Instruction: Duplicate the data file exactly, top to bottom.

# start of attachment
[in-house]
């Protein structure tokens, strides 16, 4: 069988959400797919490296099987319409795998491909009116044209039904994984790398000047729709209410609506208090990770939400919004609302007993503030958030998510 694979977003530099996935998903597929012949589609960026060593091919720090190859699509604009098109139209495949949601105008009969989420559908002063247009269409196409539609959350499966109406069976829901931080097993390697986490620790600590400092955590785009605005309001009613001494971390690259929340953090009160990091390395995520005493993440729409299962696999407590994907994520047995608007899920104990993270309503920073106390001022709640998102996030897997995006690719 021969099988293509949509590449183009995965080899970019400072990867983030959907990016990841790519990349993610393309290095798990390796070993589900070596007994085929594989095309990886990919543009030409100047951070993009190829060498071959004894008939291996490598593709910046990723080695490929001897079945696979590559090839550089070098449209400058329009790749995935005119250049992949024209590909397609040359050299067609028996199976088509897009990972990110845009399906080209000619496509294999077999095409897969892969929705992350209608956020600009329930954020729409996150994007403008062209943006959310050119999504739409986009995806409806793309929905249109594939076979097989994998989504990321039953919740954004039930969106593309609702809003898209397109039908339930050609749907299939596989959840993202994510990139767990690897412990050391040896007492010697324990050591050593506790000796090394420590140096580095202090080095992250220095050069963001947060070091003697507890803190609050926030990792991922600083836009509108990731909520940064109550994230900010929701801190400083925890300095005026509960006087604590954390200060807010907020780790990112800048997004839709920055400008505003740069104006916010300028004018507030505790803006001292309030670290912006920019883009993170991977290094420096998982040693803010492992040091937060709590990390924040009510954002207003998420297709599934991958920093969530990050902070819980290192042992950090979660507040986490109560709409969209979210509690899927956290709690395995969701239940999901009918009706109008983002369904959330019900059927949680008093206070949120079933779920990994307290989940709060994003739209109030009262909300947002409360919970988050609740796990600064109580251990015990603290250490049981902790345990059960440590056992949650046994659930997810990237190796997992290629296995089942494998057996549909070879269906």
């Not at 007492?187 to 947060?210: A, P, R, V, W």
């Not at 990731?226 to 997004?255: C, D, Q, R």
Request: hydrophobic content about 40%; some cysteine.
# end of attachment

[in-house]
């Protein structure tokens, strides 16, 4: 069988959400797919490296099987319409795998491909009116044209039904994984790398000047729709209410609506208090990770939400919004609302007993503030958030998510 694979977003530099996935998903597929012949589609960026060593091919720090190859699509604009098109139209495949949601105008009969989420559908002063247009269409196409539609959350499966109406069976829901931080097993390697986490620790600590400092955590785009605005309001009613001494971390690259929340953090009160990091390395995520005493993440729409299962696999407590994907994520047995608007899920104990993270309503920073106390001022709640998102996030897997995006690719 021969099988293509949509590449183009995965080899970019400072990867983030959907990016990841790519990349993610393309290095798990390796070993589900070596007994085929594989095309990886990919543009030409100047951070993009190829060498071959004894008939291996490598593709910046990723080695490929001897079945696979590559090839550089070098449209400058329009790749995935005119250049992949024209590909397609040359050299067609028996199976088509897009990972990110845009399906080209000619496509294999077999095409897969892969929705992350209608956020600009329930954020729409996150994007403008062209943006959310050119999504739409986009995806409806793309929905249109594939076979097989994998989504990321039953919740954004039930969106593309609702809003898209397109039908339930050609749907299939596989959840993202994510990139767990690897412990050391040896007492010697324990050591050593506790000796090394420590140096580095202090080095992250220095050069963001947060070091003697507890803190609050926030990792991922600083836009509108990731909520940064109550994230900010929701801190400083925890300095005026509960006087604590954390200060807010907020780790990112800048997004839709920055400008505003740069104006916010300028004018507030505790803006001292309030670290912006920019883009993170991977290094420096998982040693803010492992040091937060709590990390924040009510954002207003998420297709599934991958920093969530990050902070819980290192042992950090979660507040986490109560709409969209979210509690899927956290709690395995969701239940999901009918009706109008983002369904959330019900059927949680008093206070949120079933779920990994307290989940709060994003739209109030009262909300947002409360919970988050609740796990600064109580251990015990603290250490049981902790345990059960440590056992949650046994659930997810990237190796997992290629296995089942494998057996549909070879269906």
């Not at 007492?187 to 947060?210: A, P, R, V, W």
């Not at 990731?226 to 997004?255: C, D, Q, R």
Request: hydrophobic content about 40%; some cysteine.